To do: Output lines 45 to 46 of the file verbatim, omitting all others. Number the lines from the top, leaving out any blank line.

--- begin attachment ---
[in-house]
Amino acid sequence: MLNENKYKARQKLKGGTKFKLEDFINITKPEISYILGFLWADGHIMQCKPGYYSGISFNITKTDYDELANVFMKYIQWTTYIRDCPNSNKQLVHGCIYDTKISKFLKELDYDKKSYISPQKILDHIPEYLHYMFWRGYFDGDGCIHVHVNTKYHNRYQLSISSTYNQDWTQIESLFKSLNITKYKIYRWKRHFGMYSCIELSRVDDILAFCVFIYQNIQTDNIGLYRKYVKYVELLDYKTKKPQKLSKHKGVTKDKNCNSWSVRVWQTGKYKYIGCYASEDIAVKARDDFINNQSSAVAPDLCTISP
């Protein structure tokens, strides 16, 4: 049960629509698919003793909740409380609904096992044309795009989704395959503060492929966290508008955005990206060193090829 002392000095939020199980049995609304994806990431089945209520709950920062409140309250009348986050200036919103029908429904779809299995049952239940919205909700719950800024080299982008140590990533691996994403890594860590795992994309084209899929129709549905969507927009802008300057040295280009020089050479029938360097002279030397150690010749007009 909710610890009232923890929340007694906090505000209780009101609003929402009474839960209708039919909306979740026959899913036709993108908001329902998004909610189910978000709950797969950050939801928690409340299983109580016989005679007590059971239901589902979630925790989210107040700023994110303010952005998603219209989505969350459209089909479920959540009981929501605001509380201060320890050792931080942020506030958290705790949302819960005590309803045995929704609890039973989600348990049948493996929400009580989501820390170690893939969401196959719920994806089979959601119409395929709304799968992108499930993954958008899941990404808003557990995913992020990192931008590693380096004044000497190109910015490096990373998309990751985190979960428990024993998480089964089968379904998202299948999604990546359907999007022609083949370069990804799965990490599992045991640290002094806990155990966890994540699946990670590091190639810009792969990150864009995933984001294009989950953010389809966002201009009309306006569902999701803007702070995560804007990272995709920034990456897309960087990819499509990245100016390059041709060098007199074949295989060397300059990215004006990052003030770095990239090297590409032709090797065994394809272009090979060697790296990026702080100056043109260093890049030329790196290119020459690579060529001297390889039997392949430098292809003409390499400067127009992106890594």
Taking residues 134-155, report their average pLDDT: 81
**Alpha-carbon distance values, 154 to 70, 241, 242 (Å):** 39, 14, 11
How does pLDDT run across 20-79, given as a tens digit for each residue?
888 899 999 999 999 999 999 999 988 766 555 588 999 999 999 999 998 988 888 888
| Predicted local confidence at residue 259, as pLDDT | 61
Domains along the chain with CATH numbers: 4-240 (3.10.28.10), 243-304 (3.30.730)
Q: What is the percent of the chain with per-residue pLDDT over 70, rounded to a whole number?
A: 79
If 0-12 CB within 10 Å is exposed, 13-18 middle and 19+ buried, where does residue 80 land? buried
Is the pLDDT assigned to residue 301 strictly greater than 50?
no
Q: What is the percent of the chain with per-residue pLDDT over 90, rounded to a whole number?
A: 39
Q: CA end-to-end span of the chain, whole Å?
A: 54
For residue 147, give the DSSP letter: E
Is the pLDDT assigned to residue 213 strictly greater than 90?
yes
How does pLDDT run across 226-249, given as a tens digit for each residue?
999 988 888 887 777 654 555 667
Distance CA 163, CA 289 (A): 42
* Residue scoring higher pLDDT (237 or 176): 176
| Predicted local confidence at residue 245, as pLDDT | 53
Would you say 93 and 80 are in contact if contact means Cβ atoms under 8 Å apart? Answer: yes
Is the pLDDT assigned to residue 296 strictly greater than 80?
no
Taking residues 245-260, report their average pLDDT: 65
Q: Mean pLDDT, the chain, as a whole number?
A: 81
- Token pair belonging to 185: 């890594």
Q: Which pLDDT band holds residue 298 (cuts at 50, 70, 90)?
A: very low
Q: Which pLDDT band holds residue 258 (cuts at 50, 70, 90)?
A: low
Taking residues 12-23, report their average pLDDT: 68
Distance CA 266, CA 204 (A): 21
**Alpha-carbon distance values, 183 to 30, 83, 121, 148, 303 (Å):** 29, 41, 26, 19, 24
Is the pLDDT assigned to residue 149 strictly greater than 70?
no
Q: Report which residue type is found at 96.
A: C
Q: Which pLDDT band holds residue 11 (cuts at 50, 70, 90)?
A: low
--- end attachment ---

Q: Which pLDDT band holds residue 11 (cuts at 50, 70, 90)?
A: low